January 2018

Susan J Feingold D.Sc.

Technion, Haifa Israel




An explanation of why there is good reason to think that the universe will, over eons, gradually fade away.



An amazing fact, in the history of science, is that Einstein could predict how the universe is molded out of space-time in his theory of General Relativity [GR] in 1915 – without having much idea of what the universe was like.

Understanding how the universe works.

The big leap forward in understanding of what is out there – came from Hubble in 1923 – at the Mount Wilson Observatory. He concluded from his study of the objects that he observed, that their light – was shifted toward the red end of the spectrum –


 Red-shifts mean – looking at the past.


When light takes a thousand years to get to earth, telescopes are actually seeing how the universe had looked one thousand years before the observation.


 Standard Candles


Hubble used what is called a “standard candle” to determine the distance of the red-shifted objects. His standard candle was a variable star – first observed in the constellation of Cepheus.

Astronomers had noted that Cepheid variable stars all varied in brightness in the same way – regardless of their distance from Earth.



From calculations made upon the Cepheid variables, he concluded that many of the observed objects were not in the Milky Way – our galaxy. [1]



What Einstein Thought:


Einstein, naturally, did not know about this in 1915. While understanding the nature of space-time; he thought, as did many other scientists, that the universe was “static” – that is – staying still.


Since he thought was the case, he added a correction to his GR equations: A “Cosmological Constant”. This addition was inserted to prevent a static universe from collapsing in upon itself due to gravitational forces.


What Einstein considered his biggest mistake!


In 1923, when it was proved from observations that the universe was not static. Einstein deleted the Cosmological constant!

Significant solutions of GR equations by Lemaître, de Sitter and Friedman  [2]    

From 1915 onward, physicists were solving Einstein’s GR equations and not always understanding what their solutions meant. Einstein thought that some of the solutions were the outcome of the sophisticated mathematics that he used – but had no physical meaning.  He could not conceive, for example, of a black hole. He thought it too weird. [3]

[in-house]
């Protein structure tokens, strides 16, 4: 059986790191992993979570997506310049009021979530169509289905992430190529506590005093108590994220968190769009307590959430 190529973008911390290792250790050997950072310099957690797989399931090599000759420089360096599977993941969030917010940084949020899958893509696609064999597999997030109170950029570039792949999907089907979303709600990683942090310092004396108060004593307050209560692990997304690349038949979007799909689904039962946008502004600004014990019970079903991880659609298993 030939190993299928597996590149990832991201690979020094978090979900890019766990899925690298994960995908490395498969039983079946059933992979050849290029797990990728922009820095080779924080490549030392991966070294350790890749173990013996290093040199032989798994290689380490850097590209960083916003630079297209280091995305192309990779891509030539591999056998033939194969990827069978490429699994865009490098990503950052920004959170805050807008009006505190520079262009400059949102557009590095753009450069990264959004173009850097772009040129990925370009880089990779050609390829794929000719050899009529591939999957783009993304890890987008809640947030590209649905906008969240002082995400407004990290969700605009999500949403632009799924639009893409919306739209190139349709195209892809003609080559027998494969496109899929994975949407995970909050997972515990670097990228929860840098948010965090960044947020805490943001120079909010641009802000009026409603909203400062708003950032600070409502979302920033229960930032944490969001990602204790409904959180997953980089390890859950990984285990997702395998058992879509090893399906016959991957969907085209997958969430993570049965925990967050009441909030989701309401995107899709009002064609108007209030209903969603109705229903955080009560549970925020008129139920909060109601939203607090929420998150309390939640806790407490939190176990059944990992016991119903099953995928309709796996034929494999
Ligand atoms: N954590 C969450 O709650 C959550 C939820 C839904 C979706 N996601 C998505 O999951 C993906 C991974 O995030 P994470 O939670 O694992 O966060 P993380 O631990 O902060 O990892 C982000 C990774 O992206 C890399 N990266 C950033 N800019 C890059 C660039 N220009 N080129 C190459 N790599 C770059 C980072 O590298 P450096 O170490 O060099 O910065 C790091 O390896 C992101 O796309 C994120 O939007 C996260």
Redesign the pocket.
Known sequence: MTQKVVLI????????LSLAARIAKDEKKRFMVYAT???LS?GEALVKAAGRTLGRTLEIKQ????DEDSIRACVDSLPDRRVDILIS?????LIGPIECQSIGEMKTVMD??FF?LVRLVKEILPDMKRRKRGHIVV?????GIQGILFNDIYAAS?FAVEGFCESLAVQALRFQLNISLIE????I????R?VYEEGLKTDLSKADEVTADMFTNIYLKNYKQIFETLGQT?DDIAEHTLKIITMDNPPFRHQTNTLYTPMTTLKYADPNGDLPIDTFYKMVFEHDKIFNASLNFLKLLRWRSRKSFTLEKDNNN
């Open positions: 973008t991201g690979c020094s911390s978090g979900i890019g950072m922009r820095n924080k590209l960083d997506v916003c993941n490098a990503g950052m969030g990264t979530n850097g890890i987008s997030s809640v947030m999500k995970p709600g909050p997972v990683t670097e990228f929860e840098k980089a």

Lemaître, an obscure Belgian priest,  proposed what became known as the Big Bang theory, of the origin of the universe.

Lemaitre’s expanding, spherical universe, explained Hubble’s observational results.

The de Sitter model eliminated the cosmological constant.  The universe described by de Sitter, started from an extremely small fraction of a second after the Big Bang.

Friedman proposed an oscillating universe also without the use of a cosmological constant.


In 1930 Einstein was informed that de Sitter had switched to Lemaitre’s model.


In 1932 the Einstein-de Sitter universe was proposed – which up to the middle of the 1990s was the generally accepted cosmological model.

Post 1990:

In the 1990s Astrophysicists were looking further and further away from Earth. They made calculations on galaxies with very large red-shifts. For these observations, the galaxies were so far away that Cepheid variable stars could not be distinguished within them.  But, luckily they discovered a new standard candle, having to do with Supernovae.


–       A supernova is the explosion of a big star which has used up all of its nuclear fuel.

The new standard candle turned out to be a Supernova of Type 1A


Type 1A supernovae evolve in exactly the same way – regardless of their distance from earth. And being such big explosions, they could be seen in far away galaxies.

The Hubble telescope, out in space, made possible the discovery of  galaxies even further away than could be seen through the distortion of the Earth’s atmosphere.

Scientist were astounded to find that the expansion of the universe was increasing with time.

Understanding the increase in the expansion of an expanding universea thought experiment

Let us plot the expansion of the universe on a graph in 2 dimensions.

We can plot time on a vertical or y axis, and 3D space on the horizontal or x- axis. To get a feel for this imagine the following:

Picture a “standard balloon” and a ‘standard 6 year old”; take the unit of time considered to be 1 minute.

At the beginning of each minute of time, the 6 year old would start blowing up the balloon from 0. So the expansion of 3D space in a minute of time would be the same – 1 billion years ago, and now.

Now consider: a “standard 16 year old”. In one minute, he can blow up the balloon more than the 6 year old.